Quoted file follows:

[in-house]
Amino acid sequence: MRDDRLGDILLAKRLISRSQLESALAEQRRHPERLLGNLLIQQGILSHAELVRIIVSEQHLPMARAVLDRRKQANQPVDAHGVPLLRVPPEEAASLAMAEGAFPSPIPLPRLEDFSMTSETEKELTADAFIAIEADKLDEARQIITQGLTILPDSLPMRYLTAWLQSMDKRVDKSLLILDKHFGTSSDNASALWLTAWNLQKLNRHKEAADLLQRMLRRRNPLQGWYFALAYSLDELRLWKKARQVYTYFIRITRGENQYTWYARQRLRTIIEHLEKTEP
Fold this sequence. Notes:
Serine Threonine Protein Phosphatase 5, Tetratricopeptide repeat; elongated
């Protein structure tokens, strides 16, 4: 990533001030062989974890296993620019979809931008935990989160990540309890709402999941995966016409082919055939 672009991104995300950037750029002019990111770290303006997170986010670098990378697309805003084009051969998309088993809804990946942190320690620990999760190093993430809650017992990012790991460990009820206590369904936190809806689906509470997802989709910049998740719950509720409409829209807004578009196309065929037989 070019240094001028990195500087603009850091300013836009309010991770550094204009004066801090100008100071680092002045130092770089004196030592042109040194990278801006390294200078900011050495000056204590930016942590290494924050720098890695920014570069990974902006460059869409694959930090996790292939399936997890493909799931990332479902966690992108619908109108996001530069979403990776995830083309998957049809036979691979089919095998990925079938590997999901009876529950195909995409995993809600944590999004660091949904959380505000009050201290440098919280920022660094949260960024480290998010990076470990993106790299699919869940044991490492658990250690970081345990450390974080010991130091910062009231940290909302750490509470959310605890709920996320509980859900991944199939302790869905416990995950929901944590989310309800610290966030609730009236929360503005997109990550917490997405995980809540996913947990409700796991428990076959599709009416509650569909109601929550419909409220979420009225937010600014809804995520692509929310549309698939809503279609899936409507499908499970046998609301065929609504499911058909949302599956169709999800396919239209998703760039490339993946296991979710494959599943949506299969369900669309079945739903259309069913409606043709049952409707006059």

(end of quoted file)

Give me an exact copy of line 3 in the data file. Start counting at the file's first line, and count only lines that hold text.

Fold this sequence. Notes: